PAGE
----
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J. Intell. 2017, 5(2), 15; doi:10.3390/jintelligence5020015

Missing the Wood for the Wrong Trees: On the Difficulty of Defining the Complexity of Complex Problem Solving Scenarios

1
School of Education, Durham University, Leazes Rd, Durham DH1 1TA, UK
2
Faculty of Arts, Business and Law, Centre for Human Factors and Sociotechnical Systems, University of the Sunshine Coast, 90 Sippy Downs Drive, Sippy Downs, QLD 4556, Australia
*
Author to whom correspondence should be addressed.
Academic Editors: Samuel Greiff and Ronny Scherer
Received: 4 February 2017 / Revised: 18 March 2017 / Accepted: 10 April 2017 / Published: 13 April 2017
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Abstract

In this paper we discuss how the lack of a common framework in Complex Problem Solving (CPS) creates a major hindrance to a productive integration of findings and insights gained in its 40+-year history of research. We propose a framework that anchors complexity within the tri-dimensional variable space of Person, Task and Situation. Complexity is determined by the number of information cues that need to be processed in parallel. What constitutes an information cue is dependent on the kind of task, the system or CPS scenario used and the task environment (i.e., situation) in which the task is performed. Difficulty is conceptualised as a person’s subjective reflection of complexity. Using an existing data set of N = 294 university students’ problem solving performances, we test the assumption derived from this framework that particular system features such as numbers of variables (NoV) or numbers of relationships (NoR) are inappropriate indicators of complexity. We do so by contrasting control performance across four systems that differ in these attributes. Results suggest that for controlling systems (task) with semantically neutral embedment (situation), the maximum number of dependencies any of the output variables has is a promising indicator of this task’s complexity. View Full-Text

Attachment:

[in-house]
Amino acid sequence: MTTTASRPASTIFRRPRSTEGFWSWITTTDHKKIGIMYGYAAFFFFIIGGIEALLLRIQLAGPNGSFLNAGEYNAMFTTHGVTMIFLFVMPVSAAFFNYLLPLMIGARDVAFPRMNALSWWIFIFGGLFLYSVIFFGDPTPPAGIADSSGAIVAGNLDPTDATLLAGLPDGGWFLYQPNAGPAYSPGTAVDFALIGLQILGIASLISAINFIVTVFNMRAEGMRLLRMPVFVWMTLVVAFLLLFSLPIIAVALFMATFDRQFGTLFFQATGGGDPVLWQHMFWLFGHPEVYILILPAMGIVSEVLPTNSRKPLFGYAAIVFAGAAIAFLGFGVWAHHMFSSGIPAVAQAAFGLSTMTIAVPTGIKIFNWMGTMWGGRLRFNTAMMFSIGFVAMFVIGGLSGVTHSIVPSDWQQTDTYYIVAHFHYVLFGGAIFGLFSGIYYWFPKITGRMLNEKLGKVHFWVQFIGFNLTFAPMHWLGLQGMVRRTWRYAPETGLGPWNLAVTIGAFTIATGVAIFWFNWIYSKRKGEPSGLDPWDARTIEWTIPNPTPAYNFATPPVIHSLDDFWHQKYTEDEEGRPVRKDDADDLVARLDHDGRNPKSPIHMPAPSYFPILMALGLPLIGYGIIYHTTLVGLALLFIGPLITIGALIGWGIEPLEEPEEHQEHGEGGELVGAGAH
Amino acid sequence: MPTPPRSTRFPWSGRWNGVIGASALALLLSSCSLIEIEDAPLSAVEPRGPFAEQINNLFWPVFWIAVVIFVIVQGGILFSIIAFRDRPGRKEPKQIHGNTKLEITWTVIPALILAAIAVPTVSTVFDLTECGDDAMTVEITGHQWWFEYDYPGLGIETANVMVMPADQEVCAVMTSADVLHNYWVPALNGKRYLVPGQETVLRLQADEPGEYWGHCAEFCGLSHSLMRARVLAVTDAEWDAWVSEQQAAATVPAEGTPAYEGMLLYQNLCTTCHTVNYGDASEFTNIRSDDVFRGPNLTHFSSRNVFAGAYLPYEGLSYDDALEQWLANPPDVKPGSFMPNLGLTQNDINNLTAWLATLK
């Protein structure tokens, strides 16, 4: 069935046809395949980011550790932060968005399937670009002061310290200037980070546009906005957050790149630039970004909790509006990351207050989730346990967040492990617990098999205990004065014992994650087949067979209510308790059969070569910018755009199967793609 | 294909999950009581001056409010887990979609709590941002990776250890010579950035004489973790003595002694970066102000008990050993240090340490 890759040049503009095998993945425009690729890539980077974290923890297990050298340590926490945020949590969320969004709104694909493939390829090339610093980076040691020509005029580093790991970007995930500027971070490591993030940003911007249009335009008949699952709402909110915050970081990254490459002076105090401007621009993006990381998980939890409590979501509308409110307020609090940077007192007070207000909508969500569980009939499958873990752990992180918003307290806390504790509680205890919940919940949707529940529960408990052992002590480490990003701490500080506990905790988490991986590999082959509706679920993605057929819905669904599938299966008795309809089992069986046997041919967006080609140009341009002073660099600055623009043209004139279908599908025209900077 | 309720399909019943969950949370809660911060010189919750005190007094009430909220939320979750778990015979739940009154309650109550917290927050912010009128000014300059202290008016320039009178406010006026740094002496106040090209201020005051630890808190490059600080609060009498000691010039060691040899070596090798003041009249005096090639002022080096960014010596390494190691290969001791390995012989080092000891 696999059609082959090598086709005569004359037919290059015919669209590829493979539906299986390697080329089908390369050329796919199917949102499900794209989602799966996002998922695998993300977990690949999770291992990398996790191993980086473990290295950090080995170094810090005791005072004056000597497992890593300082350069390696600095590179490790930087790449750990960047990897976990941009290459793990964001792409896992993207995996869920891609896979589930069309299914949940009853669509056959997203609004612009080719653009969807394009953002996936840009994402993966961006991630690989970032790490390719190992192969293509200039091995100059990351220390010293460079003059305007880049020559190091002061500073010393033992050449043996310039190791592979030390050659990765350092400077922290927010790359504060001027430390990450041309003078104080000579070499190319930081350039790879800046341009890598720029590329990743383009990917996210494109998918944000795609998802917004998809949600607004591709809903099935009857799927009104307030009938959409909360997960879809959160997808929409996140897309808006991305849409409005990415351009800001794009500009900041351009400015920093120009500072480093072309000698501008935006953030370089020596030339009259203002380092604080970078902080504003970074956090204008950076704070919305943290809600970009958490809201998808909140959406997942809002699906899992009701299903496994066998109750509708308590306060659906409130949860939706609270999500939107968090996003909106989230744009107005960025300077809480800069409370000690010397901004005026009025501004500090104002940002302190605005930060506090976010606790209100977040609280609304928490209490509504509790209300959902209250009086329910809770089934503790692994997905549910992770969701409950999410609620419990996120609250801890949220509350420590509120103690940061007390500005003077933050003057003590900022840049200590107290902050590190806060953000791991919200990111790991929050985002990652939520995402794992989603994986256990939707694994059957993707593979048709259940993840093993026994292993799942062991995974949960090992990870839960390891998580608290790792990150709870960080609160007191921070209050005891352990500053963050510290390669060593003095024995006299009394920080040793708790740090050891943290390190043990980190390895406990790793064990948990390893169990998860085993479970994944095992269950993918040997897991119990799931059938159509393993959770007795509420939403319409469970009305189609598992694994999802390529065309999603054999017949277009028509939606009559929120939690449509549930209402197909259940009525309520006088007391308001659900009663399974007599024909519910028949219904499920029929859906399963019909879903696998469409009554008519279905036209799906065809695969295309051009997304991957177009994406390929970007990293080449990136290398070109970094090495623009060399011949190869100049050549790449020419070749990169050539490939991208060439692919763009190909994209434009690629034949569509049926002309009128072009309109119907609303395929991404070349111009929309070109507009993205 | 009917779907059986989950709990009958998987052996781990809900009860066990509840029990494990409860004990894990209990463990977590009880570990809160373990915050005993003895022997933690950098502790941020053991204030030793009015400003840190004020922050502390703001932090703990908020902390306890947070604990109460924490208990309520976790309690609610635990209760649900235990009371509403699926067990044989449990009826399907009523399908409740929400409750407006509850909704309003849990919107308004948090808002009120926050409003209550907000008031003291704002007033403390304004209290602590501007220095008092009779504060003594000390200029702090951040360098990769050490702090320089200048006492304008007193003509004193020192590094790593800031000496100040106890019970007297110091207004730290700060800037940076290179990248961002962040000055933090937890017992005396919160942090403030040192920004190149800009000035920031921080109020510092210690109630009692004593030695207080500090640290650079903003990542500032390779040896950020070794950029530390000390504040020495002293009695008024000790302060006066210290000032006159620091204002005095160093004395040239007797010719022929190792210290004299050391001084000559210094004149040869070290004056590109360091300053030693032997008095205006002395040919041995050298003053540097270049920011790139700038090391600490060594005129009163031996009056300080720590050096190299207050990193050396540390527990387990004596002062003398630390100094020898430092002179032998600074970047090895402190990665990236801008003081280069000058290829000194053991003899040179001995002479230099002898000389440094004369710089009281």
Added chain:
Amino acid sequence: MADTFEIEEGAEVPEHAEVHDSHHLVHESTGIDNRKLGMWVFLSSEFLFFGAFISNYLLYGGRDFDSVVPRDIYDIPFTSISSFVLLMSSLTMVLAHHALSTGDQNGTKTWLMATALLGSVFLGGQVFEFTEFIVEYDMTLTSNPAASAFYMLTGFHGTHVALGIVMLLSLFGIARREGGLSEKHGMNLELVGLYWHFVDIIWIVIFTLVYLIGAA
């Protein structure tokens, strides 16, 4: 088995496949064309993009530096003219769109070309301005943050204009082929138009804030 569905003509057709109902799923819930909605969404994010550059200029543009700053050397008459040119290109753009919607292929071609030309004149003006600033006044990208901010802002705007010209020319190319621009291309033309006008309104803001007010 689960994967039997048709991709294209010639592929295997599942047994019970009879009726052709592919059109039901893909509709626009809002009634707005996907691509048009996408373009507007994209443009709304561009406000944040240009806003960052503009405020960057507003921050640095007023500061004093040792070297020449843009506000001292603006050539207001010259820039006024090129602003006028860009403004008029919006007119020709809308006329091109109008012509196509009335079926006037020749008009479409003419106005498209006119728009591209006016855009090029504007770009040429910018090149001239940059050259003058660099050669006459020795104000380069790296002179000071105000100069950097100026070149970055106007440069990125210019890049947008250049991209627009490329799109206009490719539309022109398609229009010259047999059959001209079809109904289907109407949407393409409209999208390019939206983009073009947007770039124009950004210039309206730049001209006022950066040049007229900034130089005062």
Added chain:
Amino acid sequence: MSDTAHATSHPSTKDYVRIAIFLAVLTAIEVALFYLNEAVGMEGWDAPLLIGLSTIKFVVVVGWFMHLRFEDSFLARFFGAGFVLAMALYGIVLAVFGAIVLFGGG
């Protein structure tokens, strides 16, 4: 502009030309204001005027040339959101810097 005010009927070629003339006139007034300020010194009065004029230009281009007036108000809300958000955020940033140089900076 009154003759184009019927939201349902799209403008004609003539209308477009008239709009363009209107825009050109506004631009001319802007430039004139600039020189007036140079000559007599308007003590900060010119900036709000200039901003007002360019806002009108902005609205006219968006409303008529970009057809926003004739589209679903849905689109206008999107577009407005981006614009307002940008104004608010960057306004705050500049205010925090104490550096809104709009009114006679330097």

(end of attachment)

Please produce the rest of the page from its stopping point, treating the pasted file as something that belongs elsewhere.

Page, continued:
Keywords: complexity; difficulty; Person, Task and Situation; system characteristics; DYNAMIS; complex problem solving complexity; difficulty; Person, Task and Situation; system characteristics; DYNAMIS; complex problem solving
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This is an open access article distributed under the Creative Commons Attribution License which permits unrestricted use, distribution, and reproduction in any medium, provided the original work is properly cited. (CC BY 4.0).

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Beckmann, J.F.; Goode, N. Missing the Wood for the Wrong Trees: On the Difficulty of Defining the Complexity of Complex Problem Solving Scenarios. J. Intell. 2017, 5, 15.

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